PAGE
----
CIA agents find themselves Googled
The Chicago Tribune [reg required] says that Internet searches have revealed private and personal details of thousands of CIA operatives.
The paper conceded to the CIA’s request not to publish either its findings or the methods it used. But it says the searches it conducted through free and paid-for online databases turned up a ‘virtual directory’ of 2,653 CIA staff, 50 internal agency phone numbers and the sites of two dozen secret facilities across the US.
Some of those uncovered were intelligence analysts. Others were senior officials such as ex CIA Director George Tenet. The list also included undercover agents who are potential terrorist targets and others located in American embassies in Europe.
Online searches for the CIA’s secretive training camp, Camp Peary, of which the agency has never publicly admitted its existence, unearthed 26 individuals employed there. A further search of aviation databases for planes using the camp’s airstrip identified 17 aircraft whose ownership and flight history was also available.
The CIA told the Tribune it was previously unaware of the extent to which this information was so readily available. A senior official told the paper it didn’t have ‘a great explanation, quite frankly’.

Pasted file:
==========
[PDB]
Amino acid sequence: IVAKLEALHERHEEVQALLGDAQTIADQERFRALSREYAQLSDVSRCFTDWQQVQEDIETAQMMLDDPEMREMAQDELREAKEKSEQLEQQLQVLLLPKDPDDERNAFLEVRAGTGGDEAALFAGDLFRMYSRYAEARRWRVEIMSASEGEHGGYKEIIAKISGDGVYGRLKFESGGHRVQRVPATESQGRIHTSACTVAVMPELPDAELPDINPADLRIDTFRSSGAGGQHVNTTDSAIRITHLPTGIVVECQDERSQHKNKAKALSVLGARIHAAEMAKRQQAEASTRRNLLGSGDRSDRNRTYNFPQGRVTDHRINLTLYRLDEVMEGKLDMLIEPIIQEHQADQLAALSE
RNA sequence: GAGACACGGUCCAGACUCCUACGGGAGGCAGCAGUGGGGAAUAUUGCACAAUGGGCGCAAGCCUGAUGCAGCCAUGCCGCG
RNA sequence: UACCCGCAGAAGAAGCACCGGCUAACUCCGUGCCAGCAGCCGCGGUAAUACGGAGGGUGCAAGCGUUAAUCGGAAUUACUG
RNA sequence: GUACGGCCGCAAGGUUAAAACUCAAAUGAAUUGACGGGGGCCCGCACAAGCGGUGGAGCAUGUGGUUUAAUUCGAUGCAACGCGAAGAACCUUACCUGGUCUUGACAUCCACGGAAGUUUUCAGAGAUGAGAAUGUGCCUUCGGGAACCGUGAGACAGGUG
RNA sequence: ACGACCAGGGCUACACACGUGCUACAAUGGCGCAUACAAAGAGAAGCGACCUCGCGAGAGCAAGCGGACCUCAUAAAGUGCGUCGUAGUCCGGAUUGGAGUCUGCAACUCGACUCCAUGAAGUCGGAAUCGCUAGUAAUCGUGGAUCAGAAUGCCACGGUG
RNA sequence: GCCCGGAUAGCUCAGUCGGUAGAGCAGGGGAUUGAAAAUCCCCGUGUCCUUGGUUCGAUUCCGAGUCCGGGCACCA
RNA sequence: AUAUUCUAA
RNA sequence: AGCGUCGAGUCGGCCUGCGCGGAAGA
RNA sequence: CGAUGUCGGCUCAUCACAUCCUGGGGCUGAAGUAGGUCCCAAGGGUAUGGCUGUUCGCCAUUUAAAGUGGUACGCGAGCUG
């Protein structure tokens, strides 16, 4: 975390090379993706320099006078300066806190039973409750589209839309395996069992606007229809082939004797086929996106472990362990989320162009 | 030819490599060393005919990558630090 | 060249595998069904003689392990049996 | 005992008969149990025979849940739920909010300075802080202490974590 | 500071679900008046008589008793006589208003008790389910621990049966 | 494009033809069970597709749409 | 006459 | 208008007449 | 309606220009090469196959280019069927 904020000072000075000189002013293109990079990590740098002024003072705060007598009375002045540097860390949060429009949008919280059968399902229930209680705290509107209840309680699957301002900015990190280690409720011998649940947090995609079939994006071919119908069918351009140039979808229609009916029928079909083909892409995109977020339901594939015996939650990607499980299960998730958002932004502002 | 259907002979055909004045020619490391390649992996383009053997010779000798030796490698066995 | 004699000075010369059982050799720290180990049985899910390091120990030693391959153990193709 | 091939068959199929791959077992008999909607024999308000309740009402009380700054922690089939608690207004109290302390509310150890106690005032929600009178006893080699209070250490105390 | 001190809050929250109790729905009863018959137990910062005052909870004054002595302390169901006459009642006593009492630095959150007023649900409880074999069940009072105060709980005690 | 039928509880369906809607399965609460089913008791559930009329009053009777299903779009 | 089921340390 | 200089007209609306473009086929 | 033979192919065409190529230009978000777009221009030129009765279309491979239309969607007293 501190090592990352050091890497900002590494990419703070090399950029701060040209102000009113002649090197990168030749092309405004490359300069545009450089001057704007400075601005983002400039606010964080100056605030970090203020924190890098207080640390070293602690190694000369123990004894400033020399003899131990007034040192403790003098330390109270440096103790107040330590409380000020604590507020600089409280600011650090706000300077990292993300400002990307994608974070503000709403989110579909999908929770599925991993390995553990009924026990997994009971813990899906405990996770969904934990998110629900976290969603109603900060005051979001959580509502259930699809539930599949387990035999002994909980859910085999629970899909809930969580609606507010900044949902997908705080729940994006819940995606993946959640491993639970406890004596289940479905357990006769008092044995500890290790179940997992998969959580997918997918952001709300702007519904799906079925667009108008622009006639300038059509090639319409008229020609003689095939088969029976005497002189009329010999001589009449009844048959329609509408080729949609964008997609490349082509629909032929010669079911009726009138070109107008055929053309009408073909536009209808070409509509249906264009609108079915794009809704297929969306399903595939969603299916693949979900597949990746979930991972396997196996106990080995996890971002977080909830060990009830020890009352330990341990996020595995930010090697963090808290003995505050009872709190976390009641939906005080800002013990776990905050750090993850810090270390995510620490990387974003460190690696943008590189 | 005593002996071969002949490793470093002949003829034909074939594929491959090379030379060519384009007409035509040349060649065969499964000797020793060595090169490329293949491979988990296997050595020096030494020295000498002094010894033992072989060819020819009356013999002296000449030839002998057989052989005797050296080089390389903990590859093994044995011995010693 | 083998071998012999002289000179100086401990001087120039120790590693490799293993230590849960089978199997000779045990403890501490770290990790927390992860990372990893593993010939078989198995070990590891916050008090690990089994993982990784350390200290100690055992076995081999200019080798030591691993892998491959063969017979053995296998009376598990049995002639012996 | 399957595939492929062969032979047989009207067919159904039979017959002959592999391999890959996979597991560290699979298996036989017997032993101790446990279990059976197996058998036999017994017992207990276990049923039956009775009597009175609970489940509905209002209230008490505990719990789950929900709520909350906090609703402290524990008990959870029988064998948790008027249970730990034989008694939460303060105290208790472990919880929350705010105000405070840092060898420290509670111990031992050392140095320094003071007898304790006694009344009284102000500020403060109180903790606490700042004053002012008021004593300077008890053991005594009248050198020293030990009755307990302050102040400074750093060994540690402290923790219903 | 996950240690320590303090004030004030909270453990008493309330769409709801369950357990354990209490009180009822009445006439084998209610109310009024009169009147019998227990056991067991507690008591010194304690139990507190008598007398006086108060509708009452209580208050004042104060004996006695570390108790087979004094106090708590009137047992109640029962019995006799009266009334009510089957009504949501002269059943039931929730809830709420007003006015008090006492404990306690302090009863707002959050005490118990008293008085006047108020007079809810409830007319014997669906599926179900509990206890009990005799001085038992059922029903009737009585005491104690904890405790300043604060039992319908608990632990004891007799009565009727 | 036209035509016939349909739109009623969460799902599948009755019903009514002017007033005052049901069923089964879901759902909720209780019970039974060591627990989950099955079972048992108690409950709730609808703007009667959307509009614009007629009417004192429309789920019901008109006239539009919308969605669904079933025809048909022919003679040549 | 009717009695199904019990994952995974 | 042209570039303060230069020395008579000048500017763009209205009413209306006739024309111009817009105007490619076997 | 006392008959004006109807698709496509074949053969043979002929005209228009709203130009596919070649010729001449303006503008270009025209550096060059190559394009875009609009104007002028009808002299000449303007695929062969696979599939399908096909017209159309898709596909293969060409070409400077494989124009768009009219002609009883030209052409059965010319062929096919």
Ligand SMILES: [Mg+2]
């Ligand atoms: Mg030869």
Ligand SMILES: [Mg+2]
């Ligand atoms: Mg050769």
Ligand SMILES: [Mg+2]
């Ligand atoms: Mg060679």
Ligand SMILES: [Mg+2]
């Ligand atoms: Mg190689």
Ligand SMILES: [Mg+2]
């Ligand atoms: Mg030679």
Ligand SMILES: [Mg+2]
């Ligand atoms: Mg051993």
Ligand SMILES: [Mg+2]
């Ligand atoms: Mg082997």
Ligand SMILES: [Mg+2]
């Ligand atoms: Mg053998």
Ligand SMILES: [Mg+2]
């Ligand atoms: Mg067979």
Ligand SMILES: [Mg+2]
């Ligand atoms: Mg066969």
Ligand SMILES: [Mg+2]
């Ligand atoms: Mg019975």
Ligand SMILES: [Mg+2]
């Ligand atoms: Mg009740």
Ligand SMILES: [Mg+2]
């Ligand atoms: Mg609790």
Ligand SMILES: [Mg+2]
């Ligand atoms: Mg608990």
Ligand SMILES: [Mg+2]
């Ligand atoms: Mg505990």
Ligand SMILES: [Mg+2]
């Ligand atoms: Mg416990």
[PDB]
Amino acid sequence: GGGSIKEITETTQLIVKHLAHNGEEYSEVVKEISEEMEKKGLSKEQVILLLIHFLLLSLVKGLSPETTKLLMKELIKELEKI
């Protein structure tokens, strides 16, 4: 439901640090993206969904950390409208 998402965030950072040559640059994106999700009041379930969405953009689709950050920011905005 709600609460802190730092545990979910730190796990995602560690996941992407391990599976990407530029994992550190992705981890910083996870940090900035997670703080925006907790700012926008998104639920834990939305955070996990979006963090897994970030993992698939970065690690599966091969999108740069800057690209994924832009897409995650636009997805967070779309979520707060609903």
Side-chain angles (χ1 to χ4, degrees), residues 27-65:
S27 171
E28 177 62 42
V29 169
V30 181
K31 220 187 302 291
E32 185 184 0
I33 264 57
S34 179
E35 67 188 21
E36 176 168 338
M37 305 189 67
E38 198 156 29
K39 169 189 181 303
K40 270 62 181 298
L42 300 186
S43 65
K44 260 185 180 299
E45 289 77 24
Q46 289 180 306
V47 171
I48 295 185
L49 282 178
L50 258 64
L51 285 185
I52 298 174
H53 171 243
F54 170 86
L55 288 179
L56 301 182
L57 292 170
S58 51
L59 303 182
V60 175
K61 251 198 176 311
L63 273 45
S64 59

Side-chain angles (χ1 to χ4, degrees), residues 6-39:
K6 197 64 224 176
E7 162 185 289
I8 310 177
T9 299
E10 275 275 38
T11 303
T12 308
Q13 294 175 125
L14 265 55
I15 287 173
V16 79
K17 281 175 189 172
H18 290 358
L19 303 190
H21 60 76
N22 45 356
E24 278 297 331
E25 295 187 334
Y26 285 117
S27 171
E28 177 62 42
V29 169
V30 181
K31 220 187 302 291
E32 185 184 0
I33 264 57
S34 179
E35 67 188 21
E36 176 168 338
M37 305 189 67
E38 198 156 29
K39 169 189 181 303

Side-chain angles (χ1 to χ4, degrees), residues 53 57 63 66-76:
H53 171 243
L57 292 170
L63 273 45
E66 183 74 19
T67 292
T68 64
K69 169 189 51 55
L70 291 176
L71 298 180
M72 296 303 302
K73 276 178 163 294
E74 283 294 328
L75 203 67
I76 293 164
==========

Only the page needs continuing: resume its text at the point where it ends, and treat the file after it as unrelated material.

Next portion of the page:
Another highlighted the ramifications for US security. ‘I don’t know whether Al-Qaeda could do this, but the Chinese could,’ the Tribune was told.
It seems that the CIA have acted on the Tribune’s investigation. Having exposed the fact that CIA planes were being used to transport terrorists to countries where they claimed to have been tortured, the Tribune says that the companies formed to front these operations have disappeared from the Internet.
The CIA itself says it is making other changes to protect the identities of its operatives, although declined to detail what actions it was taking, ‘since we don’t want the bad guys to know what we’re fixing’.